How to Treat Craniotomy?
- December 12, 2023
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What is Craniotomy?
Craniotomy, a significant neurosurgical procedure, involves the meticulous opening of the skull to provide direct access to the brain. Derived from the words "cranium" and "otomy," this intricate surgery is indispensable in treating various complex brain conditions that cannot be adequately addressed through non-invasive methods. A cornerstone of neurosurgery, craniotomy entails the removal and temporary replacement of a portion of the skull, known as the bone flap, using specialized tools.
Why is Craniotomy Performed?
- Brain Tumors: Among its applications, craniotomy shines in the precise removal or biopsy of brain tumors. Surgeons navigate intricate brain structures to excise abnormal growths, emphasizing maximal tumor removal while preserving the integrity of adjacent healthy brain tissue.
- Aneurysm Repair: In instances of a cerebral aneurysm, craniotomy is instrumental in reinforcing a weakened blood vessel wall. This surgical intervention becomes a crucial means of averting the risk of rupture and potential life-threatening bleeding within the brain.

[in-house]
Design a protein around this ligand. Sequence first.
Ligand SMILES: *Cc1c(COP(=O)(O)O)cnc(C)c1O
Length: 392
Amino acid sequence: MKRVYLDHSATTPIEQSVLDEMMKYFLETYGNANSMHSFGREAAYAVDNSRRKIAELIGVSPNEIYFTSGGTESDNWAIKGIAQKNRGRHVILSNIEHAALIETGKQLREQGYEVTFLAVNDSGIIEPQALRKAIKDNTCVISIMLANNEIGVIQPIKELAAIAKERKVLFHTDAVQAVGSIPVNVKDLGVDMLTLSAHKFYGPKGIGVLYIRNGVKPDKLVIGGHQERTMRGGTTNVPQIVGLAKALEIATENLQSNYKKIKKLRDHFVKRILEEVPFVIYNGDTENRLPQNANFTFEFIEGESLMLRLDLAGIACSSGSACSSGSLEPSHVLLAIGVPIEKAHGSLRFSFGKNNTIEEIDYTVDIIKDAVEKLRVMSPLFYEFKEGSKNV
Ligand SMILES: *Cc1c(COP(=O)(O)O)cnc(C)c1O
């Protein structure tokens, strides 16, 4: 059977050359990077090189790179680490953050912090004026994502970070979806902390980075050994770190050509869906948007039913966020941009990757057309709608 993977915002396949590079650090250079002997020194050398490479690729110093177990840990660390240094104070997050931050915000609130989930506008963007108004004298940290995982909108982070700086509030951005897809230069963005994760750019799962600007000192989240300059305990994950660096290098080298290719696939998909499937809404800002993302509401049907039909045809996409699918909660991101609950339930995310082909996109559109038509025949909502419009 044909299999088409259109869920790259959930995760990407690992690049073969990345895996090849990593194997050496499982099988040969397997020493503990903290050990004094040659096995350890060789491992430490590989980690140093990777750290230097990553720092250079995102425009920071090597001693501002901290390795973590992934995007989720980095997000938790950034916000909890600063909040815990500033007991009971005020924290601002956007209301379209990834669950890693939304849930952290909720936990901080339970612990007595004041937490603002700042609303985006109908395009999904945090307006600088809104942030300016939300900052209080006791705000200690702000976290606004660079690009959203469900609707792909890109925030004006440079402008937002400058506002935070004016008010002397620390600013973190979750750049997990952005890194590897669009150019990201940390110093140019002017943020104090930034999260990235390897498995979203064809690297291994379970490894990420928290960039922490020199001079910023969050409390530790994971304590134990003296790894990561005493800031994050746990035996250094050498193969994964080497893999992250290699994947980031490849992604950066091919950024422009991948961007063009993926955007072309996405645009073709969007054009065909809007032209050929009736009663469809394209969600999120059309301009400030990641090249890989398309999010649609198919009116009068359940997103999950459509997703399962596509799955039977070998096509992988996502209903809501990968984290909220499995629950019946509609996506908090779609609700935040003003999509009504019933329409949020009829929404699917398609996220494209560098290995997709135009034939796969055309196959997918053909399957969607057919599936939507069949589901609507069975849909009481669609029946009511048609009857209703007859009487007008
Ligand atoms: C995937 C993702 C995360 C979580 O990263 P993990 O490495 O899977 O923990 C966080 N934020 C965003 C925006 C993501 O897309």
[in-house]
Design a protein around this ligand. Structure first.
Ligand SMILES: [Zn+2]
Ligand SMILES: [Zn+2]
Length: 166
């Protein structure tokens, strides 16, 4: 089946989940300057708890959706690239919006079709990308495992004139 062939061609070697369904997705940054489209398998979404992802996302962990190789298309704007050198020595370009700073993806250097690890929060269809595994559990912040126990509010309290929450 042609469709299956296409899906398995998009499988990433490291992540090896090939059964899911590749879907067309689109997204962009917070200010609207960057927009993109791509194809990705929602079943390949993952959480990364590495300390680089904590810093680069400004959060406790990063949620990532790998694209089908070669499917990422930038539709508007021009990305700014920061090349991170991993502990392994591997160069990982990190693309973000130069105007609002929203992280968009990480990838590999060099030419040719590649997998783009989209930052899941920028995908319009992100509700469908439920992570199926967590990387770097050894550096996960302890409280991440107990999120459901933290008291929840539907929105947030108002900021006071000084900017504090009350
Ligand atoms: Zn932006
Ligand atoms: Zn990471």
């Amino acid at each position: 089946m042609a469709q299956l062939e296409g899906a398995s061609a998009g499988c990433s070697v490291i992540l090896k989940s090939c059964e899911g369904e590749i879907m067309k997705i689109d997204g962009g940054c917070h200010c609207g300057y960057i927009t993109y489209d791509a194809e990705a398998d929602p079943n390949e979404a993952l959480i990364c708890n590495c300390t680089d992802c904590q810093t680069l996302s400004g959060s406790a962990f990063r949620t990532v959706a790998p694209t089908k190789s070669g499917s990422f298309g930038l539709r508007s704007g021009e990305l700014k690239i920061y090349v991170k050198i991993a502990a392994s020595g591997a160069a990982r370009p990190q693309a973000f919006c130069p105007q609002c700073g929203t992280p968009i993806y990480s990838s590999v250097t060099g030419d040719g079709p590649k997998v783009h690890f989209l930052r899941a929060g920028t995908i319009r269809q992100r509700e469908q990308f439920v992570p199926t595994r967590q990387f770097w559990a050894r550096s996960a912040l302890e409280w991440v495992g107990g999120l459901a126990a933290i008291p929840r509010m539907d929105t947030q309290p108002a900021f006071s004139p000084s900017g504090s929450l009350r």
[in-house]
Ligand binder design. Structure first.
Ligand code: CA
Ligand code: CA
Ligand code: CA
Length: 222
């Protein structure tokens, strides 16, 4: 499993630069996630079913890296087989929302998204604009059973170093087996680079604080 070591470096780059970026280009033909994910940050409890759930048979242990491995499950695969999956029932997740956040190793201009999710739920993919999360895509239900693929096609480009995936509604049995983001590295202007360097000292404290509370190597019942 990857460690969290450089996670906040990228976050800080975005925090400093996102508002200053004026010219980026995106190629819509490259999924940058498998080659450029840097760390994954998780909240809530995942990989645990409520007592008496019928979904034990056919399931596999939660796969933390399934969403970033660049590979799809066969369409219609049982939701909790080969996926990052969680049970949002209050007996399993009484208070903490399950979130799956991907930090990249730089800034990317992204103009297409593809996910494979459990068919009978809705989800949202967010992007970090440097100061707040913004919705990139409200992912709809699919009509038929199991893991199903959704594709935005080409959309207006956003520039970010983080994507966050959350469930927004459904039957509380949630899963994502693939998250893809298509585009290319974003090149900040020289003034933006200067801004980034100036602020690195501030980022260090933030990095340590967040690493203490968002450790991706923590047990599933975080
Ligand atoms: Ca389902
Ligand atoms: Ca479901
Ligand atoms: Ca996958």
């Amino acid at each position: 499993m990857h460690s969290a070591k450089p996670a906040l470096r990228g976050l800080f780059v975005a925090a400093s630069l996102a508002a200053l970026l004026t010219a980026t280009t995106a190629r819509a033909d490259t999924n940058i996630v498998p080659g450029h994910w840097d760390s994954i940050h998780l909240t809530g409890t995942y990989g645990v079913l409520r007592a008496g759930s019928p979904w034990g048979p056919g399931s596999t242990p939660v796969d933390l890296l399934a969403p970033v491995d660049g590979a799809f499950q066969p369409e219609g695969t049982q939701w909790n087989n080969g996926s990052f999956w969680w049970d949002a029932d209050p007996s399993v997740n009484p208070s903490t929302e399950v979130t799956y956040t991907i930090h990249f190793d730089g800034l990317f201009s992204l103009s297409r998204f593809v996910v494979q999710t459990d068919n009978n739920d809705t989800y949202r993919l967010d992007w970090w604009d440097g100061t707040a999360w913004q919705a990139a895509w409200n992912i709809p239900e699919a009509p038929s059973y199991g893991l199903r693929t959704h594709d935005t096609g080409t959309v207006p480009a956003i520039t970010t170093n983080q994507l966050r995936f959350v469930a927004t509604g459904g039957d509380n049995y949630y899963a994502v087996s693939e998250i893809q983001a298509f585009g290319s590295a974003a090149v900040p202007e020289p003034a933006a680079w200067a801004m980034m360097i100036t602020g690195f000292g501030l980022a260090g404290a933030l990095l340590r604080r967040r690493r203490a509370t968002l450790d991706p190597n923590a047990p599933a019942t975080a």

- Traumatic Brain Injury (TBI): Severe head injuries often necessitate the performance of a craniotomy. By expertly addressing swelling, removing damaged tissue, and alleviating pressure on the brain, this procedure becomes a vital component in preventing further neurological damage.
- Blood Clot Evacuation: Hematomas or blood clots within the brain find resolution through craniotomy. This procedure becomes a critical intervention, significantly reducing the risk of additional neurological damage.
- Epilepsy Treatment: Craniotomy is occasionally employed to surgically remove specific brain tissue responsible for seizures, offering relief for individuals grappling with epilepsy.